Line a baking sheet with parchment. Divide your dough in half and shape two discs. Brush each disc with milk, and sprinkle with coarse sparkling sugar. Freeze the dough for 30 min.

Remove the dough then slice each circle into 6 wedges. Pull the wedges away from the center to separate them.

Preheat the oven to 425°F. Bake the scones for 22 to 25 minutes, or until they're golden brown. temperature.  Let cool.

MAPLE GLAZE: Sift the powdered sugar and add the maple syrup. Stir with a fork. Chill for about 5 min in the fridge (adjust the sugar and syrup amounts to desired thickness) . Drizzle with a fork over the cooled scones. Enjoy!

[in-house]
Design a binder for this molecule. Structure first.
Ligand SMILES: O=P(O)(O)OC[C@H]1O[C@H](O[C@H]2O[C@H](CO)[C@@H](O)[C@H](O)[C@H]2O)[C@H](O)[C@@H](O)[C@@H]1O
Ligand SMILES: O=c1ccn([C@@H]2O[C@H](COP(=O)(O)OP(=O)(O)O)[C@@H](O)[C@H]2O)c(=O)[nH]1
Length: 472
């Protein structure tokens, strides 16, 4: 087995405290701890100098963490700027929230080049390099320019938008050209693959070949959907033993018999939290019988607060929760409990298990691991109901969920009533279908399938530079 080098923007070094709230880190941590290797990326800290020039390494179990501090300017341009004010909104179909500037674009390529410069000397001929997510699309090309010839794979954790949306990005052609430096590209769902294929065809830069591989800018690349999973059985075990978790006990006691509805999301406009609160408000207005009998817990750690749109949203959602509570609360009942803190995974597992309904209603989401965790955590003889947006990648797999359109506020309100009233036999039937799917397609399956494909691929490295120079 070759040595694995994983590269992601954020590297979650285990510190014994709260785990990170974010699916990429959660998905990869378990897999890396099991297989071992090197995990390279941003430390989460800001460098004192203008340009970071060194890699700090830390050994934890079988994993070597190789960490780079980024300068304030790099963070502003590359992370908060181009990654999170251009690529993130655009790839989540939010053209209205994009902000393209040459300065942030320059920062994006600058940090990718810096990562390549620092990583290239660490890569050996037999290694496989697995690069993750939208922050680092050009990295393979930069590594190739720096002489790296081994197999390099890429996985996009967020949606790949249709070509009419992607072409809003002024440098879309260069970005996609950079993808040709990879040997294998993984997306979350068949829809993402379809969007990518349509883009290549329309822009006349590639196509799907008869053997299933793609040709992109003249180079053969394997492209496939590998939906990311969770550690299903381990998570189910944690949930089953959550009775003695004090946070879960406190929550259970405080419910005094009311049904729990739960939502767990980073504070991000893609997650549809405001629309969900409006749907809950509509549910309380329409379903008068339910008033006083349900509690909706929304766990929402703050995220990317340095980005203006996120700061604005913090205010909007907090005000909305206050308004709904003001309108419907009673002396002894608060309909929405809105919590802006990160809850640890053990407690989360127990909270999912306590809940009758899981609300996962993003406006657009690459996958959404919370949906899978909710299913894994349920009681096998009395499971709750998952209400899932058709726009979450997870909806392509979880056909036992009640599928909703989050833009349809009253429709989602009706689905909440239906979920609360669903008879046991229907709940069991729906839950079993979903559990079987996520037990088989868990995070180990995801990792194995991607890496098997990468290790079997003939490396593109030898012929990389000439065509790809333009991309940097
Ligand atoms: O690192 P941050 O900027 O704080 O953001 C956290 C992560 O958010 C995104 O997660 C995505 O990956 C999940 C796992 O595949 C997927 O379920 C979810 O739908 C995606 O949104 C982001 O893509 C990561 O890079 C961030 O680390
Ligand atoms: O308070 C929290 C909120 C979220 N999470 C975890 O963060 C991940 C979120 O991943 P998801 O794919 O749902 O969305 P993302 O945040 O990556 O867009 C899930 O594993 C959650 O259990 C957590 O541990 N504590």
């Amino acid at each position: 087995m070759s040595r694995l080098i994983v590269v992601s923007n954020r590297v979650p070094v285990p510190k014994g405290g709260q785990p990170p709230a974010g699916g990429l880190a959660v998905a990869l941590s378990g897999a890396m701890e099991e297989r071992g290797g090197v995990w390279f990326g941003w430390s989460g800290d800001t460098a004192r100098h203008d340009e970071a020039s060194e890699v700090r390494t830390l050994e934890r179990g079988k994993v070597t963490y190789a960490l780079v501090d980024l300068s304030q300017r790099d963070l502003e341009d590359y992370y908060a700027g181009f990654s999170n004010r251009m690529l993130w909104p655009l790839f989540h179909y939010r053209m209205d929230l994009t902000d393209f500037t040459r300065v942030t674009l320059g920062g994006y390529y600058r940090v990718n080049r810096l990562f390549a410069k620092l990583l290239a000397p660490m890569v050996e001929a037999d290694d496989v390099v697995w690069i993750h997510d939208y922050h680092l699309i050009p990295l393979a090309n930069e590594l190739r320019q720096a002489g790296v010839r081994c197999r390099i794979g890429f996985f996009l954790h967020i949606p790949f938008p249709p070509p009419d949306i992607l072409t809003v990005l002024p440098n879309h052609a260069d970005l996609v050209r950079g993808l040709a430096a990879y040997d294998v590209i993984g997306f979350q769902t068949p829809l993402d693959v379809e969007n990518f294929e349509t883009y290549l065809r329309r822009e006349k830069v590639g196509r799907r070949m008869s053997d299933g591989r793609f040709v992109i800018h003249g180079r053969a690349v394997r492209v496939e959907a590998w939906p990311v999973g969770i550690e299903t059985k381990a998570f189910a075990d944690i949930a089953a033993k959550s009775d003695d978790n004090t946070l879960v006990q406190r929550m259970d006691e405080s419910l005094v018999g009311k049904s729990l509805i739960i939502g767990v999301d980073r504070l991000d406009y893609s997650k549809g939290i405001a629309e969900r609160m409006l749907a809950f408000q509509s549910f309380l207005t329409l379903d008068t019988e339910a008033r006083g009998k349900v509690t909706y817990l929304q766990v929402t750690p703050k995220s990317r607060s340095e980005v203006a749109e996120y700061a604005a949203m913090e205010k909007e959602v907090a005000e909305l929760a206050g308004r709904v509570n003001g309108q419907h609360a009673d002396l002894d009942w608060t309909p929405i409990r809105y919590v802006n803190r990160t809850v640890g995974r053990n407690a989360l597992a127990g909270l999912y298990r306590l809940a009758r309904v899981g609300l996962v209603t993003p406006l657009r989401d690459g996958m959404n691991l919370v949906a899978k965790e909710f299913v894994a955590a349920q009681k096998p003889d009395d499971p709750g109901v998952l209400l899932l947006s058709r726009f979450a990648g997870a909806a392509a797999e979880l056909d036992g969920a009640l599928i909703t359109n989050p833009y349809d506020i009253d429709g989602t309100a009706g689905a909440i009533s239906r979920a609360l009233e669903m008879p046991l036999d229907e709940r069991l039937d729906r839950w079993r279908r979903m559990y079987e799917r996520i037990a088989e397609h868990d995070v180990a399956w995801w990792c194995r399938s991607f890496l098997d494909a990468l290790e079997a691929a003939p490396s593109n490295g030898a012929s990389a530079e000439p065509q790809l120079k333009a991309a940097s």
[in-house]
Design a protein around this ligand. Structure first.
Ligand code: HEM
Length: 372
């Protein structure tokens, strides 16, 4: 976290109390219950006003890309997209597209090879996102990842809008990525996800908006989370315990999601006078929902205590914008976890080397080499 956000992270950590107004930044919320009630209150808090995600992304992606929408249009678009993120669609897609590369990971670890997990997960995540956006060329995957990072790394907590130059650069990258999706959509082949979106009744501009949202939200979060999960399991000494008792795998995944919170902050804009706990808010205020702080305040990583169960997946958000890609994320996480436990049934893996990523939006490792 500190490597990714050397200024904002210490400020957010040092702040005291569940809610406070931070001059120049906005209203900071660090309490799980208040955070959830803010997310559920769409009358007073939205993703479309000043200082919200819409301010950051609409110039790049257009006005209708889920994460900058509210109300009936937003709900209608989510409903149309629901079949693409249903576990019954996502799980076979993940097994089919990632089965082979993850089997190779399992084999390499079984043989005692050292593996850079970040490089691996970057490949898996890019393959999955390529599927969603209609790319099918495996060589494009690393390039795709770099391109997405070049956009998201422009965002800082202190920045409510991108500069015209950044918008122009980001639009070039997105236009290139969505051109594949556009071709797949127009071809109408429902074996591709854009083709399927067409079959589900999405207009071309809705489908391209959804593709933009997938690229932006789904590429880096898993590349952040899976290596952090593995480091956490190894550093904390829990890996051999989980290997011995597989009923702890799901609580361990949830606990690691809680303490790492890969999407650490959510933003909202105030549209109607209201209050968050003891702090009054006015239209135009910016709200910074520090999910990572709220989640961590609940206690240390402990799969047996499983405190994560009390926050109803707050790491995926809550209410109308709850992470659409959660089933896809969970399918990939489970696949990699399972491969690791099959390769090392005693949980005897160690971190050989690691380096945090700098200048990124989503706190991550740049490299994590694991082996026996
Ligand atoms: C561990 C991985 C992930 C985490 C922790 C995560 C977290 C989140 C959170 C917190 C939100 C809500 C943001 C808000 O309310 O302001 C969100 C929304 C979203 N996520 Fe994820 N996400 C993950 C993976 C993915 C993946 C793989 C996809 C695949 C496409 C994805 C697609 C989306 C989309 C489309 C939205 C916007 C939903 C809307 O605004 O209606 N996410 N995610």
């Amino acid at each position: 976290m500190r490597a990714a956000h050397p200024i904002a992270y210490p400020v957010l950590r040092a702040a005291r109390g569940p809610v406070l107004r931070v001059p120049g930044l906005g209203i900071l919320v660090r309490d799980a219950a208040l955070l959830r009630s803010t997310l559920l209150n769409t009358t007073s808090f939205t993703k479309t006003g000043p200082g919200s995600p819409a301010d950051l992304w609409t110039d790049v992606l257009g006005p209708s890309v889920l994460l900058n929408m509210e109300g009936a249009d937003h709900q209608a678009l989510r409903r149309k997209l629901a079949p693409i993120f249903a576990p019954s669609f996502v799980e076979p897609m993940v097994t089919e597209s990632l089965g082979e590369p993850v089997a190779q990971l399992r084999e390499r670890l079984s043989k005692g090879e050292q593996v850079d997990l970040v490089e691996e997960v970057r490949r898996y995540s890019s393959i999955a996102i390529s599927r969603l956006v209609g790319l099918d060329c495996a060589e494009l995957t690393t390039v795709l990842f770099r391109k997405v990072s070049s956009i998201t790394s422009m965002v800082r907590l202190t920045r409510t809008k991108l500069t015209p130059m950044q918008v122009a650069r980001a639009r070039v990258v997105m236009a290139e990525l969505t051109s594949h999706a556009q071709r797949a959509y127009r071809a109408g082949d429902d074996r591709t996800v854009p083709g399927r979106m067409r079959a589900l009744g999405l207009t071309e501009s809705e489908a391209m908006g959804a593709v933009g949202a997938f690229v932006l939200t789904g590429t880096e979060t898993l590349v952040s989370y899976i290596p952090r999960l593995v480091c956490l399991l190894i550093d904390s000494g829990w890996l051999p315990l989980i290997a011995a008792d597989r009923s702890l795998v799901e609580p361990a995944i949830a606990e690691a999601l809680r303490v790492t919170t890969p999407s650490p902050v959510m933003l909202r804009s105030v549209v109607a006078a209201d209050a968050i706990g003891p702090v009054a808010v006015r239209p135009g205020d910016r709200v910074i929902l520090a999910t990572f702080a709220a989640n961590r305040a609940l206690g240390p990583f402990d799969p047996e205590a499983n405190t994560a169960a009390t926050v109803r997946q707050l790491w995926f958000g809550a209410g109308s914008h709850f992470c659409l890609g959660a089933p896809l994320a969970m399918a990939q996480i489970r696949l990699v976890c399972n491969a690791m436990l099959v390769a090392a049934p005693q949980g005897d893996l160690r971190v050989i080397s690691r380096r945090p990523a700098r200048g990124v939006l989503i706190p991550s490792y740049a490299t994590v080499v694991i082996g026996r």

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Monday, November 21, 2016

Garlic Brussel Sprouts with Craisins and Pecans

As I went for a run over the weekend, I noticed so many Yale students with their luggages. It took me a moment too realize that it was the weekend before Thanksgiving, and those lucky people get the whole week off and go home.

Unlike me. Sadly.
For the first time ever, I don't have a Thanksgiving holiday and can't spend it with my family, which bums me out since it's such a big part of my food centric family. You can see some old Thanksgiving recipes on the blog (Pumpkin RollCranberry, Apple, and Pear Crumble, Pumpkin Butternut Squash Soup, Butternut Squash and Pumpkin Soup with Blue Cheese, Pumpkin Cheesecake with Gingersnap Hazelnut Crust) but as you can see, I haven't posted one in a while.